We arrived in Toronto on Sunday afternoon, a smooth drive into the city and located our hotel quickly, thanks to Google Maps. The one dilemma we had was finding the valet parking for the hotel, not knowing it was behind the hotel, on a side street. So we first parked in a public parking garage and walked to the hotel, instead of driving around endlessly. After registering, we walked back to the garage, drove the car to the proper area and handed it off to the valet, always a weird feeling to hand someone you don't know your car keys and walk away.

Once unpacked, clothes stowed in drawers and hung on hangers, no living out of a suitcase for the next five days for this girl, I was excited to get out and explore. Neatly folded downtown street map shoved into my pocket, camera slung across my body, we were off to the waterfront. I grabbed our City Pass paperwork before we walked out the door, just in case we happened to wander down to the CN Tower.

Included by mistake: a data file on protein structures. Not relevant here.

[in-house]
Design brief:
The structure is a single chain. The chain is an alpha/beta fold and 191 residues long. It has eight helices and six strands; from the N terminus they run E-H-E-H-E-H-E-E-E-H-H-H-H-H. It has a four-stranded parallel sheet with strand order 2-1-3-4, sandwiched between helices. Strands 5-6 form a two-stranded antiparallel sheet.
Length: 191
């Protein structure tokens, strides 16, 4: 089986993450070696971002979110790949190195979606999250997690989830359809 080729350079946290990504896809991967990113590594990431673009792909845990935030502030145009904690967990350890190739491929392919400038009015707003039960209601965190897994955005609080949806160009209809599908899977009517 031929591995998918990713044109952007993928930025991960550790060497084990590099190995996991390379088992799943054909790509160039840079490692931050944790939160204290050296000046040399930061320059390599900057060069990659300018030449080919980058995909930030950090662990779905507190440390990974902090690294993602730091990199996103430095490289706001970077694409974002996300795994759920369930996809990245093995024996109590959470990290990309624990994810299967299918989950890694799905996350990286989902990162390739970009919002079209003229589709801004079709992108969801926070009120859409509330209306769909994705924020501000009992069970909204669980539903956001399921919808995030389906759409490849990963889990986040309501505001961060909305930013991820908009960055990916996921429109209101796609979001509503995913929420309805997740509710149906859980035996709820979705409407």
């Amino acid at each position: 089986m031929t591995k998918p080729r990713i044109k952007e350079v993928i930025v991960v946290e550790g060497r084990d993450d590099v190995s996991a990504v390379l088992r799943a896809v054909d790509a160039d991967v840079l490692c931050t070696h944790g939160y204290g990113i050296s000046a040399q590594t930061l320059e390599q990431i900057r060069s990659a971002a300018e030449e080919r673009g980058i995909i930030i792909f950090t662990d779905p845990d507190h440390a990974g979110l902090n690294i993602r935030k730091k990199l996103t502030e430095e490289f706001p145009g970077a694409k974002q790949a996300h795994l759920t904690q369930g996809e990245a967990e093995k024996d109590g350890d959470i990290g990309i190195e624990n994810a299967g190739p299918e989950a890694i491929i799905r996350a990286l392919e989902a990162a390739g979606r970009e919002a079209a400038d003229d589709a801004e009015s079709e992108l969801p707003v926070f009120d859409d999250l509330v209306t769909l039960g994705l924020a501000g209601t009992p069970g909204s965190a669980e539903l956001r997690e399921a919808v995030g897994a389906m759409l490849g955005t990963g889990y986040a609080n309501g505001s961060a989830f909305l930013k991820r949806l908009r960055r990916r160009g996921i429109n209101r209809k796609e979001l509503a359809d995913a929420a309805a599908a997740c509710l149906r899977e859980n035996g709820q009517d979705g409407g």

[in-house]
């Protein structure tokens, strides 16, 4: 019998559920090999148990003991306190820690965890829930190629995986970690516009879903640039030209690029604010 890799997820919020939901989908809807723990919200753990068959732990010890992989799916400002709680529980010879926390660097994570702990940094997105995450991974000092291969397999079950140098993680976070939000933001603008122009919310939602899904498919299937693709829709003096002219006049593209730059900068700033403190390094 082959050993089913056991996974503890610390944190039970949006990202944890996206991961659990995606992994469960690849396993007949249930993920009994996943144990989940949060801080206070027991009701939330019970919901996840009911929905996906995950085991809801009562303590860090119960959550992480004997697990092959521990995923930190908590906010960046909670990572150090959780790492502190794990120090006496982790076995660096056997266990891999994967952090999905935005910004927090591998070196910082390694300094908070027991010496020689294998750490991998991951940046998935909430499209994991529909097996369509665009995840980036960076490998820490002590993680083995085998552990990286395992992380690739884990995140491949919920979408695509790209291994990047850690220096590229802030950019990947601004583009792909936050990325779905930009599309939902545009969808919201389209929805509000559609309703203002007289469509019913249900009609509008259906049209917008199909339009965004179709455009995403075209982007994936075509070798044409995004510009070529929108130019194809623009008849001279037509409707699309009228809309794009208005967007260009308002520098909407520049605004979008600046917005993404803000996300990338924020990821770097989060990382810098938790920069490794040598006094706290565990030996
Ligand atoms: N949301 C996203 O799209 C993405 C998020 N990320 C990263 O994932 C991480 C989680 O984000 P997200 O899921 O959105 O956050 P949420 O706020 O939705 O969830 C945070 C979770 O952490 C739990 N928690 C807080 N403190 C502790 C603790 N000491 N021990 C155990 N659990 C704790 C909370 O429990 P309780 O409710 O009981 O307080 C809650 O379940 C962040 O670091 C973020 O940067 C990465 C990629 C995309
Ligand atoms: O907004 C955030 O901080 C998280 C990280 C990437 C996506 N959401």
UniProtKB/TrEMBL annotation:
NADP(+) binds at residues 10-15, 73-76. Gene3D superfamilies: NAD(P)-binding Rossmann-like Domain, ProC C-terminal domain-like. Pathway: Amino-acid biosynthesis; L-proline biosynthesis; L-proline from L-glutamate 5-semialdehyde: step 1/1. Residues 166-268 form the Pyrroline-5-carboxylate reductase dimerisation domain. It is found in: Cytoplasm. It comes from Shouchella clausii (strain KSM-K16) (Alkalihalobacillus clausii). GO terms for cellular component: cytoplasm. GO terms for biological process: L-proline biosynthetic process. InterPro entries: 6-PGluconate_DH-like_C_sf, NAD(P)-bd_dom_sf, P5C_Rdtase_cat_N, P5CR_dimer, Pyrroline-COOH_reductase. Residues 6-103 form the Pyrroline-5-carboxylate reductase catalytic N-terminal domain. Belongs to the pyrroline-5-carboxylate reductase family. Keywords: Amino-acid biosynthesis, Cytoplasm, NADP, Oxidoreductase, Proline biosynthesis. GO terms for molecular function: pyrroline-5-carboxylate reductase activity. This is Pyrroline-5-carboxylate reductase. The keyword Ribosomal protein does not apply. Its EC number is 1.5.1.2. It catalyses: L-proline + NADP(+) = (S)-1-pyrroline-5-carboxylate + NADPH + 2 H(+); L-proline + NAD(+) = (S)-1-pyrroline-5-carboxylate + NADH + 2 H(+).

Coming from Michigan and living within a mile of Lake Michigan, it takes a lot for a body of water to impress me, and honestly Toronto's waterfront felt lacking. So many people wandering around, all looking at the screens on their phones. I think my husband and I were the only ones without our phones in hand. It was also kind of dirty. We hurried along. Sighting the CN Tower, we made that our new destination.


CN TOWER

The City Pass helped us skip some of the line, but we were still eventually herded into lines like cattle. Having been to the Eiffel Tower in Paris, the differences in the structures were quite apparent. Less space on the enclosed viewing platform, a much smaller open air viewing platform. A small section of glass floor at the CN Tower than people felt compelled to sprawl out on for lengthy periods of time.


Still, a delightful view of the city of Toronto, although looking back we probably should have done the CN Tower later in the trip so we could look at all the places we had been, as opposed to not knowing the places we were yet to go. I recommend visiting the tower once, but once is probably enough.